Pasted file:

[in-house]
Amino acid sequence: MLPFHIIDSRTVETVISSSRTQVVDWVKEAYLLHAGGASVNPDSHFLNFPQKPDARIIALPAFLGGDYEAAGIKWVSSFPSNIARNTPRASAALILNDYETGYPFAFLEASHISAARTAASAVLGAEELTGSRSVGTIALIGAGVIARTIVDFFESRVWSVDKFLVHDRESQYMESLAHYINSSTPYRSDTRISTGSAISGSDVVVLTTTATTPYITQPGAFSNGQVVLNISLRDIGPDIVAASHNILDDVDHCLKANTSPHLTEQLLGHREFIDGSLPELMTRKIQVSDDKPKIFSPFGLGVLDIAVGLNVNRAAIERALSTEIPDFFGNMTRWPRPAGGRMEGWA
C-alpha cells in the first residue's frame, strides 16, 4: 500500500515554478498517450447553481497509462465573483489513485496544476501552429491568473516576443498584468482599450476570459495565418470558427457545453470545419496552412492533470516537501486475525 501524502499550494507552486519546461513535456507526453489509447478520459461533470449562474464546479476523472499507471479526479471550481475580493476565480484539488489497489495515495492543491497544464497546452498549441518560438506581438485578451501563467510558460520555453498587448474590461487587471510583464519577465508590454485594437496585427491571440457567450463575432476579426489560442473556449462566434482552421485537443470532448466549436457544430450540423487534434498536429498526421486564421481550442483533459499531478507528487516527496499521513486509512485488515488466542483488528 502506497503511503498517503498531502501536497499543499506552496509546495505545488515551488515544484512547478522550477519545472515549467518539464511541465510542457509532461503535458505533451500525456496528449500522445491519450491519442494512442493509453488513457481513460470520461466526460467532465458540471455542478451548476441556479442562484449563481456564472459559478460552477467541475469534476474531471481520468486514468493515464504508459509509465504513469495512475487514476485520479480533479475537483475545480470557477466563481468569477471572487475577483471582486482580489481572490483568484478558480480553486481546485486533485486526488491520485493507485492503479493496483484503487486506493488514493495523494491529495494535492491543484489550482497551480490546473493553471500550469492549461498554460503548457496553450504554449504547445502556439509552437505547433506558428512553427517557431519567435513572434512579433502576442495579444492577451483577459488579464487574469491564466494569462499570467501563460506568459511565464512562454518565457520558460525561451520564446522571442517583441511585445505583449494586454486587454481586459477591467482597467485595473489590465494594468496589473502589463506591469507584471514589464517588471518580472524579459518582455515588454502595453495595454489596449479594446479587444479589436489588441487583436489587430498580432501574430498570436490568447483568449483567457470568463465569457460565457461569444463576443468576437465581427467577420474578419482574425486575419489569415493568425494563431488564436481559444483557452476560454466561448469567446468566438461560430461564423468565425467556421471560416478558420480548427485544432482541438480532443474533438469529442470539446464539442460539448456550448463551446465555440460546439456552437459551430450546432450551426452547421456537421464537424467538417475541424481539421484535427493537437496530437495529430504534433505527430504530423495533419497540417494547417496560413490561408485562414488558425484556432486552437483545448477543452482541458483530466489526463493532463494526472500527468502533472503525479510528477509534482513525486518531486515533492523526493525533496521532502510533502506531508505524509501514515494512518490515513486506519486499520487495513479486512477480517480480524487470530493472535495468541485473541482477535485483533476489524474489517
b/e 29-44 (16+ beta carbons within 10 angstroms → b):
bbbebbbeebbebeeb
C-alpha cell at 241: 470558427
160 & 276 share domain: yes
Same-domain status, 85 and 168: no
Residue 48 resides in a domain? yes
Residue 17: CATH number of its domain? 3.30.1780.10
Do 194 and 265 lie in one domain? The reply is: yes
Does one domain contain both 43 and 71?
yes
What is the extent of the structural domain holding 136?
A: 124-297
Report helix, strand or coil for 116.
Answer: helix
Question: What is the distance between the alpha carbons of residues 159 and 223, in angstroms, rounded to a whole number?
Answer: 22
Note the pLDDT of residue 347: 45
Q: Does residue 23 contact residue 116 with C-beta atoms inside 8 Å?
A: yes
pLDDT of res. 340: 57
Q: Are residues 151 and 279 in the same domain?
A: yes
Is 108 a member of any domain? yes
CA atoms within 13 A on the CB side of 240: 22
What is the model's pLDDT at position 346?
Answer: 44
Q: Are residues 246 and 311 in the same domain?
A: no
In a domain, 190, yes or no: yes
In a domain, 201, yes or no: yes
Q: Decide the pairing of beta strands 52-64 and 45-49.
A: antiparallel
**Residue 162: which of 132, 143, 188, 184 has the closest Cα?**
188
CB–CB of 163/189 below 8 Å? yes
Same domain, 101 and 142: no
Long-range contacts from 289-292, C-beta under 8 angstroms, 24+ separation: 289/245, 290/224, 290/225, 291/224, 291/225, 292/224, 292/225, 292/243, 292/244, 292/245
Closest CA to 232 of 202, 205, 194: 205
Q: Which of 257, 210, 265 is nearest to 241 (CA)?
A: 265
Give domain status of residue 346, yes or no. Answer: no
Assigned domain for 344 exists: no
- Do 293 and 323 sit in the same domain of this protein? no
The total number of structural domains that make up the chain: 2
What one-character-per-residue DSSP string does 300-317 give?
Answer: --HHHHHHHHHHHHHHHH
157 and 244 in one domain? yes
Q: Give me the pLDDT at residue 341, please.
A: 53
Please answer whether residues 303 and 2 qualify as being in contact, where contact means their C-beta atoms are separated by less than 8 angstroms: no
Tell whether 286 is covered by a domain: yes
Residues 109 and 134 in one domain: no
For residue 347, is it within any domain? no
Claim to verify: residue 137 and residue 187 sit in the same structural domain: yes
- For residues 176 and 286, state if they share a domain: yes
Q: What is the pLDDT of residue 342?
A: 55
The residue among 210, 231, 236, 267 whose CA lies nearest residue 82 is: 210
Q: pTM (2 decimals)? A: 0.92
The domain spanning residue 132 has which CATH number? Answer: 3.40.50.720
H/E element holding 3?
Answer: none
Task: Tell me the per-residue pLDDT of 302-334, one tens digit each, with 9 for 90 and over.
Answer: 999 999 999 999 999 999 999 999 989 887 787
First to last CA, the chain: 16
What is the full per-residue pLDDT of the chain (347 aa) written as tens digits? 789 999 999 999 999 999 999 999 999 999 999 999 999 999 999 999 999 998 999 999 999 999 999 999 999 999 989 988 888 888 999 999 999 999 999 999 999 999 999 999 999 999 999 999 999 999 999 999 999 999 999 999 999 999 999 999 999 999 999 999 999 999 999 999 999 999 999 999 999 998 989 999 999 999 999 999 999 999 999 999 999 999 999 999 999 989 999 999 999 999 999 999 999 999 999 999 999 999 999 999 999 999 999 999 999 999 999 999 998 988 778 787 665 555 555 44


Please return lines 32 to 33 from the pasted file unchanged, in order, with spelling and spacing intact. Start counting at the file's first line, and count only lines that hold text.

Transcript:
In a domain, 190, yes or no: yes
In a domain, 201, yes or no: yes